Mitchell Johnson mauled South Africa’s top order and plucked a great catch to reduce South Africa to 6-140 at the end of day two of the first cricket Test.
Johnson went from intimidatory to outright unplayable in a fiery opening spell on Thursday, snaring 3-5 and making Proteas captain Graeme Smith look like a tailender.
Earlier, it took almost five hours for centurions Shaun Marsh and Steve Smith to grab the advantage with a record 233-run partnership, lifting Australia to a total of 397 and a lead of 257 when rain caused an early stumps.
Johnson needed only 3.1 overs to make it a vice-like grip.
It would be unfair to suggest the left-armer continued his form of the Ashes, where he claimed 37 English scalps to be man of the series.
This was more destructive.
On a bouncy Centurion pitch where his slinging action had the ball travelling over 150km/h, Johnson was at his brutal best.
He finished with figures of 4-51 and landed a painful blow on the forearm of AB de Villiers (52 not out), who offered the most resistance.
First in the firing line was Smith, who looked comfortable taking 10 runs from the opening over bowled by Ryan Harris.
Smith, whose hand Johnson has broken twice, was ungainly in his belated attempt to take evasive action in the second over and a menacing ball directed at his skull hit the bat handle.
Alviro Petersen’s self-inflicted dismissal was next, the opener’s attempted cut gifting wicketkeeper Brad Haddin a regulation edge.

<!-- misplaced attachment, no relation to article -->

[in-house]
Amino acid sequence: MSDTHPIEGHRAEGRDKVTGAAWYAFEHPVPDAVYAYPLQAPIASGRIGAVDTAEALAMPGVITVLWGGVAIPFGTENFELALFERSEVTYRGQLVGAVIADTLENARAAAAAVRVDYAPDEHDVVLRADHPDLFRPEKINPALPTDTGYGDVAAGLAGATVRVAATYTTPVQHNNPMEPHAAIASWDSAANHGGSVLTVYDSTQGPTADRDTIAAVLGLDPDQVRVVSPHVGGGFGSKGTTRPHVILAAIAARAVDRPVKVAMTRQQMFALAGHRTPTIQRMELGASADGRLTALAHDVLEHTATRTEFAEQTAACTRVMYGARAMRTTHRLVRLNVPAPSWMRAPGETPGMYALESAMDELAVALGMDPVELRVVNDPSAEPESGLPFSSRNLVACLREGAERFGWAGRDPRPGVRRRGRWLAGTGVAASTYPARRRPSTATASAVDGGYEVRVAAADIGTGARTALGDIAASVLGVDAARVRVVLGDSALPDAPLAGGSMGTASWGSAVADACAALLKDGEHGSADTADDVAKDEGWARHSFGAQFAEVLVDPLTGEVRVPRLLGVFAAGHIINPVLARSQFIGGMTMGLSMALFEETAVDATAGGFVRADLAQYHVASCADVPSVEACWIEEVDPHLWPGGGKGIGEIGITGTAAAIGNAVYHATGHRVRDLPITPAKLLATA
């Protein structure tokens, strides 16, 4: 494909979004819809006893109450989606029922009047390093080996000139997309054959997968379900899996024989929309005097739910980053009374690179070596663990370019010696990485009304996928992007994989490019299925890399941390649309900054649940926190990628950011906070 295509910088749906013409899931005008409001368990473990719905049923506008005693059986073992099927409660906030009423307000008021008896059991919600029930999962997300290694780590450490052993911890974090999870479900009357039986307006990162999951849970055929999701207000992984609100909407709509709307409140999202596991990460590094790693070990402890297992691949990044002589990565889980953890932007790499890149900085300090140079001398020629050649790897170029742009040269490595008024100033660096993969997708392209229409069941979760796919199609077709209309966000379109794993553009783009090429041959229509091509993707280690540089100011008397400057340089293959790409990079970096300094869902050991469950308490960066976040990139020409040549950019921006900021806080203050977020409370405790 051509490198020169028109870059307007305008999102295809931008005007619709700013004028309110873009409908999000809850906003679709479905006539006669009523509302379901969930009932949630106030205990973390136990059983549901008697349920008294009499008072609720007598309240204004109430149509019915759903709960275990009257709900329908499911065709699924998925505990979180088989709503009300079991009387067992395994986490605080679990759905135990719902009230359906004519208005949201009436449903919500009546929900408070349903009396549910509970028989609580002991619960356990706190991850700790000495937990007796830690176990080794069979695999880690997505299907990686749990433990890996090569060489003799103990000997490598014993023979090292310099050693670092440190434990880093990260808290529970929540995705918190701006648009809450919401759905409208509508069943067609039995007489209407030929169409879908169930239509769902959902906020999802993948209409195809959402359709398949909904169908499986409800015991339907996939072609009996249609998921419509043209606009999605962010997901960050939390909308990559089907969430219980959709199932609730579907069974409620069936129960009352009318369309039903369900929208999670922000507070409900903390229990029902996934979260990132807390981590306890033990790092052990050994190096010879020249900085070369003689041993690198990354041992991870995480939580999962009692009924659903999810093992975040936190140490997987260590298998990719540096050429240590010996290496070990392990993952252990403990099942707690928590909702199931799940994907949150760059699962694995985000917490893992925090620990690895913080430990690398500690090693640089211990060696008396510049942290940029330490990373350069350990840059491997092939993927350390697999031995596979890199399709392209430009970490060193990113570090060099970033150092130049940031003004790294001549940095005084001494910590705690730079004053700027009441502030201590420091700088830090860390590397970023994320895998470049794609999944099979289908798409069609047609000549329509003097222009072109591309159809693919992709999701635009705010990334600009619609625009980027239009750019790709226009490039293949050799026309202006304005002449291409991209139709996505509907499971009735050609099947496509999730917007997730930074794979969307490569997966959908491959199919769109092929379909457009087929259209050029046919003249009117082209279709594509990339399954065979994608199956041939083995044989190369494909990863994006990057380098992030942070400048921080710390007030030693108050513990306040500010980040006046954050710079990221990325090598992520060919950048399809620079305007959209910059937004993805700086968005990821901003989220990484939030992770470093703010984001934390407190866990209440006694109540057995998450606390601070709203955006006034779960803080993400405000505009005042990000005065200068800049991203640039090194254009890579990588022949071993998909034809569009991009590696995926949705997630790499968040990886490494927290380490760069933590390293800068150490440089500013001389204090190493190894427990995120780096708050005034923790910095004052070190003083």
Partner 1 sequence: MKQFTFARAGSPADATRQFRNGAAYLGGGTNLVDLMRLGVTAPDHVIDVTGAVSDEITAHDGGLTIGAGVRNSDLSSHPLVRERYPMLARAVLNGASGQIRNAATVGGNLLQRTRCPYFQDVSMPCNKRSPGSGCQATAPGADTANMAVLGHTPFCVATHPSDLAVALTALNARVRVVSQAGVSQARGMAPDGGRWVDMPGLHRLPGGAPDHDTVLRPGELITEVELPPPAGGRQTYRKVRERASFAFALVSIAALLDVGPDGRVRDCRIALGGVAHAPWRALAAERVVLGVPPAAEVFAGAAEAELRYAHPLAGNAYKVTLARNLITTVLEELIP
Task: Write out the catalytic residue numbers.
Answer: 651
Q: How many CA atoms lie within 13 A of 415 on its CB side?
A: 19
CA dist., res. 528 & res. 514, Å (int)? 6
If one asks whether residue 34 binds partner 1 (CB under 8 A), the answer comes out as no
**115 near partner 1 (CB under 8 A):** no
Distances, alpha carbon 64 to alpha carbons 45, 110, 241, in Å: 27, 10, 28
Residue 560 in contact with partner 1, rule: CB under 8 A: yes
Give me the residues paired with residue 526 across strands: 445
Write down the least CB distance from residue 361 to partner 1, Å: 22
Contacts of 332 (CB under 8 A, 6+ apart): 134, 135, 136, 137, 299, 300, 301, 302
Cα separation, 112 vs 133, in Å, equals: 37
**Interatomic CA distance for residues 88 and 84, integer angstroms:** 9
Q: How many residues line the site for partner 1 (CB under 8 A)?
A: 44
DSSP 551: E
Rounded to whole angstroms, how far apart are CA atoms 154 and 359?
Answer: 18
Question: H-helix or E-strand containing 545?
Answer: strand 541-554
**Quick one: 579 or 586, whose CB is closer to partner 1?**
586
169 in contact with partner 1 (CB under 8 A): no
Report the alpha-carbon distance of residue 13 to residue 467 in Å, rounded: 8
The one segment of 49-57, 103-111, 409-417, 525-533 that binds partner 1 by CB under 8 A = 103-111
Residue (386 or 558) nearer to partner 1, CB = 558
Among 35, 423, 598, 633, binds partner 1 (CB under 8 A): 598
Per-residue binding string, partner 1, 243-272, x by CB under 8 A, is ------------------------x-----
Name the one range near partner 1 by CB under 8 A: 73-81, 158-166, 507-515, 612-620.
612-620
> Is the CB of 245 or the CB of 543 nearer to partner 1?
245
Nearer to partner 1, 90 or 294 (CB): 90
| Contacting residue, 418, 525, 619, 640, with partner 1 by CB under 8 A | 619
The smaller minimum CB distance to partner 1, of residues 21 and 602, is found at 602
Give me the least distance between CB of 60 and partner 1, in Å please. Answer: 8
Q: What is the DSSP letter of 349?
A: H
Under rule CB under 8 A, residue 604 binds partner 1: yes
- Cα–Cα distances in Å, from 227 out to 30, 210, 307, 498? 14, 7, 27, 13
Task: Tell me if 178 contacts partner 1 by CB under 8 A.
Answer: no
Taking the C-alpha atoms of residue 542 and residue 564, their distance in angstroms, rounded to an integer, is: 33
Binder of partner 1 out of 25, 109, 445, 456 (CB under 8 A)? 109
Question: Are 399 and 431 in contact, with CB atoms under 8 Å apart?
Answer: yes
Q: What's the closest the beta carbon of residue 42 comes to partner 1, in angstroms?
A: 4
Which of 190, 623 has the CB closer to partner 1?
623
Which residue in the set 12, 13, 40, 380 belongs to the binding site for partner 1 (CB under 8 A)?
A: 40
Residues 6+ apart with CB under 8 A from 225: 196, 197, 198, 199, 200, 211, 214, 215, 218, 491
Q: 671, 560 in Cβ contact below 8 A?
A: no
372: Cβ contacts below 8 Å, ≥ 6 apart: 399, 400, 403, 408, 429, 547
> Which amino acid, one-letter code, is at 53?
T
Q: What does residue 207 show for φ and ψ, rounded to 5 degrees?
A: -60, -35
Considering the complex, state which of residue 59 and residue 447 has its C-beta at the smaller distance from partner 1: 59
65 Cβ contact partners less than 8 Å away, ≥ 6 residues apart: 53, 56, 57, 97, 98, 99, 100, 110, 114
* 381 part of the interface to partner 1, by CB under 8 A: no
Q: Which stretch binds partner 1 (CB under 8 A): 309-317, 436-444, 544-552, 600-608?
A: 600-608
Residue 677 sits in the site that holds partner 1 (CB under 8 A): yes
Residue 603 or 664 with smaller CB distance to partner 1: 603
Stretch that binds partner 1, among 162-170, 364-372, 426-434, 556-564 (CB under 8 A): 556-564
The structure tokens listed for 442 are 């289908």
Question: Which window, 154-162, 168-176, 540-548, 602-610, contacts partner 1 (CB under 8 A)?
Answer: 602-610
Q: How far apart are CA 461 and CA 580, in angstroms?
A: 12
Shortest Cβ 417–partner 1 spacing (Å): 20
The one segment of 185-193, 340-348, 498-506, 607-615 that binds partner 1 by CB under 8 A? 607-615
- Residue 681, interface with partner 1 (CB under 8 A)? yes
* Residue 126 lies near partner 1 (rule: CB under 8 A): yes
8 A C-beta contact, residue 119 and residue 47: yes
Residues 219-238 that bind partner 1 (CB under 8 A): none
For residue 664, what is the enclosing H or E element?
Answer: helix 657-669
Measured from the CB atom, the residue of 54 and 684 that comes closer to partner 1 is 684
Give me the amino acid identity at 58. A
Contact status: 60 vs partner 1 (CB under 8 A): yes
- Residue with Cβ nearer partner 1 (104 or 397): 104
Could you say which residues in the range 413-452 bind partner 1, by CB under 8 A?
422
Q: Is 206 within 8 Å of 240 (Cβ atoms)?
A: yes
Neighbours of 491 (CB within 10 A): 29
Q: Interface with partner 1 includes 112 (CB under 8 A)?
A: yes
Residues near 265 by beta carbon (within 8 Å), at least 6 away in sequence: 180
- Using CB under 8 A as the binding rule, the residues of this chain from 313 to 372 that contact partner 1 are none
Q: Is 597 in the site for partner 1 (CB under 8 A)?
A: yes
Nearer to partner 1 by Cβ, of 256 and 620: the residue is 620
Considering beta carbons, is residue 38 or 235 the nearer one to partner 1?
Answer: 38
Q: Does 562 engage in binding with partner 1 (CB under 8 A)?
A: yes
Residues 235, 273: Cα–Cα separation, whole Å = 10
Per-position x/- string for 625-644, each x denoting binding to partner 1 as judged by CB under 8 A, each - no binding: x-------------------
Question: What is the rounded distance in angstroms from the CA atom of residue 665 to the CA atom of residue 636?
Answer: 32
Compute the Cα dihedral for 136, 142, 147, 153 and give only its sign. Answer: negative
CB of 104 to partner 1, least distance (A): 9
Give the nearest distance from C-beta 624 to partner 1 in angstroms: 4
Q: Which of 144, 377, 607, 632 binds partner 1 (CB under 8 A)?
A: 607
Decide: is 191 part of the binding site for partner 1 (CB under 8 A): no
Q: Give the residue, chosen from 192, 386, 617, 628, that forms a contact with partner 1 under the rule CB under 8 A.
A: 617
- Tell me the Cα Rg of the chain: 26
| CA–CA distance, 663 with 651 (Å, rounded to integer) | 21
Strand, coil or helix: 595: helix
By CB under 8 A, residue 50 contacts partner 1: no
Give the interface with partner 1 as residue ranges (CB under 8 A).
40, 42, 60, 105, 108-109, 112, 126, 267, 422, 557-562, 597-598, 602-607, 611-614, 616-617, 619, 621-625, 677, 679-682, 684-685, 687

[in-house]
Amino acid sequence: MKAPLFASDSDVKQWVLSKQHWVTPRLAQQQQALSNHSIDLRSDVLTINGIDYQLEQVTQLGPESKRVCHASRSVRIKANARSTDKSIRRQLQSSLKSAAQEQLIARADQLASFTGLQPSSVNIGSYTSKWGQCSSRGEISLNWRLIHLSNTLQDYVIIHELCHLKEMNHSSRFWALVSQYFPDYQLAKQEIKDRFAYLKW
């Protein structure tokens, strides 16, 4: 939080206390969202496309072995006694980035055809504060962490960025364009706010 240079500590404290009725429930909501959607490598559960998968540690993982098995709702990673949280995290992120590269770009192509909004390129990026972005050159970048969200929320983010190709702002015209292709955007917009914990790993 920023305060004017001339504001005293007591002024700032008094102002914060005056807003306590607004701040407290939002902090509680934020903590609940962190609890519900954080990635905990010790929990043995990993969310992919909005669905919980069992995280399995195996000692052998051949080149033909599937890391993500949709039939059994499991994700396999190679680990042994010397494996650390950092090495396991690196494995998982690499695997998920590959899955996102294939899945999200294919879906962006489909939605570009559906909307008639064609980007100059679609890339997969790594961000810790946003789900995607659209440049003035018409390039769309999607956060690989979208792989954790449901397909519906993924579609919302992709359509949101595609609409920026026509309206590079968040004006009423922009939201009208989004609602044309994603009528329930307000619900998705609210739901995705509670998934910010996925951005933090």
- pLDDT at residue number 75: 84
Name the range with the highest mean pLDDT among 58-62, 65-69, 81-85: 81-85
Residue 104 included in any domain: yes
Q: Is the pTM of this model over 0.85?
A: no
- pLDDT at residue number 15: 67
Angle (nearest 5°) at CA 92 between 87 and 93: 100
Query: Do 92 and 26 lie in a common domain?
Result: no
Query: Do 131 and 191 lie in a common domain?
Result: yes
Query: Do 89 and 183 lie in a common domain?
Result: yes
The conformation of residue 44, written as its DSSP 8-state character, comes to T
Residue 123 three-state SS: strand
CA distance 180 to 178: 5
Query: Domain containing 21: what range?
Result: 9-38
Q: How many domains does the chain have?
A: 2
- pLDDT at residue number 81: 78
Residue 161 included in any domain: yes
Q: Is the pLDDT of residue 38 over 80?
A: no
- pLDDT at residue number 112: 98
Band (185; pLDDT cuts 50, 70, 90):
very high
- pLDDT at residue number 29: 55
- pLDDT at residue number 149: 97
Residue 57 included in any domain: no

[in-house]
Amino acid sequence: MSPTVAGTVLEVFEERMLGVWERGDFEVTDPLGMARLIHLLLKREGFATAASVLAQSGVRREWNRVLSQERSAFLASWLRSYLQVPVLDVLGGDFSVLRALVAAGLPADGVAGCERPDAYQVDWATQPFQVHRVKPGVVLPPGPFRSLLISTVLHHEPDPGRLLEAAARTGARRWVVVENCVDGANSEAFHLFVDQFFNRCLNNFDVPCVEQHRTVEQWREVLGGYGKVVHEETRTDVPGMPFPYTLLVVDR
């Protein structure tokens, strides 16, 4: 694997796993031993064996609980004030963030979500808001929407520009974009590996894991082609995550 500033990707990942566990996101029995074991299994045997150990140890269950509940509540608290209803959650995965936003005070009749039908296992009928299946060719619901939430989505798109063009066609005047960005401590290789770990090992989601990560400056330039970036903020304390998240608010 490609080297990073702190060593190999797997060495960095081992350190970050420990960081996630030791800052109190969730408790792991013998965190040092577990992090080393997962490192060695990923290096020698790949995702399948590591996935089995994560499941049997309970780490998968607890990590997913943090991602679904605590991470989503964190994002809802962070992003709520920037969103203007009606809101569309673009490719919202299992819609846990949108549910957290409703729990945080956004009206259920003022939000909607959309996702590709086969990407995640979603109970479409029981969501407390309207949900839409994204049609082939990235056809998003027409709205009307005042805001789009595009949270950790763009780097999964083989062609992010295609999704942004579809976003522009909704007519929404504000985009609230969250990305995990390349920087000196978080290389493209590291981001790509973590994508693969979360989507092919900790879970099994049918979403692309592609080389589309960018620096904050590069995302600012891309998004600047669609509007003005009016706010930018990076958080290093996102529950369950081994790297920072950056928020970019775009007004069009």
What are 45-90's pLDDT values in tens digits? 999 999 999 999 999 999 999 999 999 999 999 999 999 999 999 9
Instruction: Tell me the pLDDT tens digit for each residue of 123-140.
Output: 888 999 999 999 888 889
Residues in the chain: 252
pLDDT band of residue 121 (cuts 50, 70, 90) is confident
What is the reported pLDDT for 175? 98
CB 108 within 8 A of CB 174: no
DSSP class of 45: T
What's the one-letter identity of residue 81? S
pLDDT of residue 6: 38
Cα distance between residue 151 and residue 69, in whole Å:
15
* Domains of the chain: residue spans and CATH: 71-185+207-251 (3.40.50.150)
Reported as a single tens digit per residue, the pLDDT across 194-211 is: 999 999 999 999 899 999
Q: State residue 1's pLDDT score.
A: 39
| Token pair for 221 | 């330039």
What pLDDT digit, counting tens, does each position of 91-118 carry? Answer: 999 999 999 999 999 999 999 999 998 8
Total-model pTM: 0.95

Faf du Plessis, unsure if he should come forward or rock back to a ball on a perfect length, jutted his bat tentatively and the edge flew to Michael Clarke at second slip.
De Villiers counter-attacked, hoiking Johnson for a six when the 32-year-old returned for his second spell.
He batted impressively, but will need a partnership of substance with Robin Peterson (10 not out) to give the Proteas hope in this match.
Johnson later returned to shatter the stumps of Ryan McLaren, while Peter Siddle captured the prized wicket of Hashim Amla lbw for 17 when Clarke successfully reviewed Aleem Dar’s decision.
JP Duminy shared a 67-run stand with de Villiers, but his attempt to put Nathan Lyon out of the park ended with Johnson running back from mid-off to snaffle a fantastic catch.
Earlier, Dale Steyn (4-78) cleaned up the tail as Australia lost 6-66 when a 400-plus total loomed.
Smith and Marsh bettered Ashwell Prince and Herschelle Gibbs’ 213-run effort against Pakistan in 2007, setting a new mark for the best fifth-wicket Test stand at the venue.